The great Seward Johnson

We've been delighted a few times on our eccentric road travels by the chuckle-inducing sculptures of a Mr. Seward Johnson that seem to pop out of nowhere. His 26-foot tall treatment of "Unconditional Surrender," the famous sailor-kissing-a-nurse photo, and a several-stories-tall version of Grant Wood's "American Gothic" made us stop in our tracks in Sarasota, Florida and Chicago, Illinois, respectively. Seward, who inherited a portion of the Johnson and Johnson pharmaceutical fortune (oh, that Johnson), has been a prolific sculptor for decades and back in 1992 he used his impressive wealth and talent to purchase the New Jersey State Fairgrounds in Hamilton Township near Trenton and turned it into a beautiful, 42-acre sculpture park and museum. You'll see lots of his whimsical works, both on a huge scale and more real-life proportioned, some of every day people and others famous 2-D art masterpieces come to 3-D sculptural life. The park isn't just a vanity piece, though, as other talented sculptors' works are also exhibited among the lushly landscaped grounds. It's a real hoot to sit on a shady bench and watch real people mixing with the art...sometimes it's hard to figure out who is more life-like. And all this beauty and pleasantry is just outside Trenton, which, while very nice, is not exactly a place known for either its beauty or pleasantry. Art establishment snobs pooh-pooh Johnson for being kitschy and copyright-holders may sue him for infringement, but we're not here to judge. Maybe we don't know art, but we know what we like and we love Seward Johnson and his Grounds for Sculpture. He's got whimsical-art-in-a-lovely-location-for-the-masses-to-see down to a, well, fine art.

Friday, October 31, 2014

Happy Halloween

There's no place better than Salem, Massachusetts to wish everyone a happy, safe and spooky Halloween, especially since it's the home of the Samantha from "Bewitched" TVLand statue. Read all about it here. Boo!

Sunday, October 26, 2014

Moor dead than alive: The Saltair Pavillions of Magna, Utah

 The first Saltair Pavillion, circa 1900...

 ...featuring fun in Salt Lake

 Pavillion II, probably around the 1950s

 Today's Pavillion III, on a lonely stretch of I-80

 There are tons of little black birds who nest in the pavillion and swoop down within an inch of your life.

 The interior. Bob Dylan played here. Is there anywhere he won't play?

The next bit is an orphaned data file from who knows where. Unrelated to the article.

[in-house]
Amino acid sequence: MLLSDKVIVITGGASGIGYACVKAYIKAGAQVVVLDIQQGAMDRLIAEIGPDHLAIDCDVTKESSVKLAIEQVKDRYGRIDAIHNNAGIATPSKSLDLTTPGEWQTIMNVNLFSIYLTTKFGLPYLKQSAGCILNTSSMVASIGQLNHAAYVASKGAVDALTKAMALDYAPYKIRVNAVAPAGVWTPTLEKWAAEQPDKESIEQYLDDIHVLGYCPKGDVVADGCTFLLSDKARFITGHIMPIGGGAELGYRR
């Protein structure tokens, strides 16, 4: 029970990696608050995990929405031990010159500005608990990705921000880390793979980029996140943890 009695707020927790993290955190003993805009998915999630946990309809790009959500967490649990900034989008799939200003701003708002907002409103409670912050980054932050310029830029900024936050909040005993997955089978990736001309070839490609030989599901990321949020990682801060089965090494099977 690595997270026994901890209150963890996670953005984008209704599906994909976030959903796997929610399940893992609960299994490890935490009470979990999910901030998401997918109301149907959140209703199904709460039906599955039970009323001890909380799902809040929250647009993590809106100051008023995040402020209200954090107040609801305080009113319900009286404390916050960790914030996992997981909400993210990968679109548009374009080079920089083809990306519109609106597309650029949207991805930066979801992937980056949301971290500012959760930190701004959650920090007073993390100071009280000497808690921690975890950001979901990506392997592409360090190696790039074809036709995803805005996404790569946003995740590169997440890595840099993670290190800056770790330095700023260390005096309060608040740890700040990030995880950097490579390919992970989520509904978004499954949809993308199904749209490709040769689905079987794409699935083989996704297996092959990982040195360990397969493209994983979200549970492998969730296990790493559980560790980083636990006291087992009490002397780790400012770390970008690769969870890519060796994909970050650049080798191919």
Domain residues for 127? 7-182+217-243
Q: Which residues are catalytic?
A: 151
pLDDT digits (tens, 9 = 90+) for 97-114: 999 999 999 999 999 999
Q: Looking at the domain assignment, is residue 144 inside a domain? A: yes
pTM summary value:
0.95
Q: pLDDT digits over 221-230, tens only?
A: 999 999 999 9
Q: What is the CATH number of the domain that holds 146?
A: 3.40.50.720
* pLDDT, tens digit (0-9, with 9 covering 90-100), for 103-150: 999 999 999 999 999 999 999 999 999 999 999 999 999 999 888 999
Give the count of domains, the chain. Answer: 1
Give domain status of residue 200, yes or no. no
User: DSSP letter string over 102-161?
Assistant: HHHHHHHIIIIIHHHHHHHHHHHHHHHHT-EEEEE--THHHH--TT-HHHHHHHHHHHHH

The Great Salt Lake, right nearby. No swimming, though.

 You'd think the owner of this magnificent structure would have a more prestigious parking space.

We love middle-of-nowhere places and there's a real doozy off lonesome Interstate 80 in north-central Utah. Just a mere 16 miles west of Salt Lake City sits an eerie structure with a doomed past called the Saltair. Back in the late 1800s, a giant, Moorish, onion-domed pleasure palace was built on the shores of the Great Salt Lake as a "Coney Island of the West" where the mostly Mormon population could have some good, clean, turn-of the-century fun. It was quite successful until the pavilion and other buildings were destroyed by fire in 1925. The structures were rebuilt but bad luck followed by a more devastating fire in 1931. The lake also receded, making it much more difficult for guests to go swimming, one of the main attractions. They closed during World War II and when they reopened after the war, competition made it difficult to attract customers way out to their remote location, and they finally shut down for good in 1958. Attempts were made to revitalize Saltair over the next decade, but were put to an end by an arson fire that destroyed the place once and for all in 1970. But like the owner of Swamp Castle in "Monty Python and the Holy Grail," they weren't ready to give up and a Saltair Pavilion III was constructed out of a decommissioned Air Force hangar dragged near their old location in 1981. Almost immediately bad luck again ensued when the lake flooded the structure, then receded much too far away. The location was eventually used as a concert venue but by the late 1990s had run out of gas. Still Python-esque, it wasn't dead yet, though, because a group of music investors bought the place in 2005 and have been hosting the likes of Bob Dylan, the Dave Matthews Band, Rob Zombie and Keisha since. Their upcoming lineup of shows seems to be a little less stellar, but if you've been hankering to catch Tech N9ne's Band of Psychos tour, you're in luck: they're playing Saltair on November 2.